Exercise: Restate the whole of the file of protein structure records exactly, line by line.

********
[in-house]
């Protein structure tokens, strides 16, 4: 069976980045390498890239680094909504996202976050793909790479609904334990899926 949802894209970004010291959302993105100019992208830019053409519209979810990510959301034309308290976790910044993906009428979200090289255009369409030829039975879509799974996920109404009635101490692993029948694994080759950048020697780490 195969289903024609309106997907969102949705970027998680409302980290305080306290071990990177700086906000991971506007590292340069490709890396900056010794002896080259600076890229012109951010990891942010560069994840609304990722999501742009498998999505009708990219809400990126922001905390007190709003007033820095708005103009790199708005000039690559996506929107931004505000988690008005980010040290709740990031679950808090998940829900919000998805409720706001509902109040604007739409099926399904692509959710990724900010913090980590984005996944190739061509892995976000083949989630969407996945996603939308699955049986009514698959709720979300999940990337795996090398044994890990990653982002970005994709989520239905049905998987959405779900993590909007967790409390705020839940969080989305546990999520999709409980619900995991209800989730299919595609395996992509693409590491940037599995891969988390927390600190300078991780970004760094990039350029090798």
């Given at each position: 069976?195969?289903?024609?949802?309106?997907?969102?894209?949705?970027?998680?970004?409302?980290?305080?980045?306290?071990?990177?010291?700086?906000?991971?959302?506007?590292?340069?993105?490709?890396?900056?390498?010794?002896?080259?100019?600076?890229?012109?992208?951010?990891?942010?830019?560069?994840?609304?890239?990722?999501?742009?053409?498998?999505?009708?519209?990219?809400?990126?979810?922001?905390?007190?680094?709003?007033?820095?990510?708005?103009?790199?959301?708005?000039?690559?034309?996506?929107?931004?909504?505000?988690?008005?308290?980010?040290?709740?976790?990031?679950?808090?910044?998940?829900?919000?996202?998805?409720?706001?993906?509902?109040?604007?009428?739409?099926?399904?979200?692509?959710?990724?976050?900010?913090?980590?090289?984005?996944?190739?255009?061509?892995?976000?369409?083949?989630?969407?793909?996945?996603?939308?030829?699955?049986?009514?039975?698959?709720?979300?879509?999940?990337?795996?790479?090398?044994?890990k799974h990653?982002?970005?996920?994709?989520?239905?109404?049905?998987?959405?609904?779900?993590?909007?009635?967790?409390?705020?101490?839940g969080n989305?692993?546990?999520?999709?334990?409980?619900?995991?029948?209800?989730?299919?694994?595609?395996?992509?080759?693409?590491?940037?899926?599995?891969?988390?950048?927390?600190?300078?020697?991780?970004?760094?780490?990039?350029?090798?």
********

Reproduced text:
[in-house]
């Protein structure tokens, strides 16, 4: 069976980045390498890239680094909504996202976050793909790479609904334990899926 949802894209970004010291959302993105100019992208830019053409519209979810990510959301034309308290976790910044993906009428979200090289255009369409030829039975879509799974996920109404009635101490692993029948694994080759950048020697780490 195969289903024609309106997907969102949705970027998680409302980290305080306290071990990177700086906000991971506007590292340069490709890396900056010794002896080259600076890229012109951010990891942010560069994840609304990722999501742009498998999505009708990219809400990126922001905390007190709003007033820095708005103009790199708005000039690559996506929107931004505000988690008005980010040290709740990031679950808090998940829900919000998805409720706001509902109040604007739409099926399904692509959710990724900010913090980590984005996944190739061509892995976000083949989630969407996945996603939308699955049986009514698959709720979300999940990337795996090398044994890990990653982002970005994709989520239905049905998987959405779900993590909007967790409390705020839940969080989305546990999520999709409980619900995991209800989730299919595609395996992509693409590491940037599995891969988390927390600190300078991780970004760094990039350029090798």
């Given at each position: 069976?195969?289903?024609?949802?309106?997907?969102?894209?949705?970027?998680?970004?409302?980290?305080?980045?306290?071990?990177?010291?700086?906000?991971?959302?506007?590292?340069?993105?490709?890396?900056?390498?010794?002896?080259?100019?600076?890229?012109?992208?951010?990891?942010?830019?560069?994840?609304?890239?990722?999501?742009?053409?498998?999505?009708?519209?990219?809400?990126?979810?922001?905390?007190?680094?709003?007033?820095?990510?708005?103009?790199?959301?708005?000039?690559?034309?996506?929107?931004?909504?505000?988690?008005?308290?980010?040290?709740?976790?990031?679950?808090?910044?998940?829900?919000?996202?998805?409720?706001?993906?509902?109040?604007?009428?739409?099926?399904?979200?692509?959710?990724?976050?900010?913090?980590?090289?984005?996944?190739?255009?061509?892995?976000?369409?083949?989630?969407?793909?996945?996603?939308?030829?699955?049986?009514?039975?698959?709720?979300?879509?999940?990337?795996?790479?090398?044994?890990k799974h990653?982002?970005?996920?994709?989520?239905?109404?049905?998987?959405?609904?779900?993590?909007?009635?967790?409390?705020?101490?839940g969080n989305?692993?546990?999520?999709?334990?409980?619900?995991?029948?209800?989730?299919?694994?595609?395996?992509?080759?693409?590491?940037?899926?599995?891969?988390?950048?927390?600190?300078?020697?991780?970004?760094?780490?990039?350029?090798?």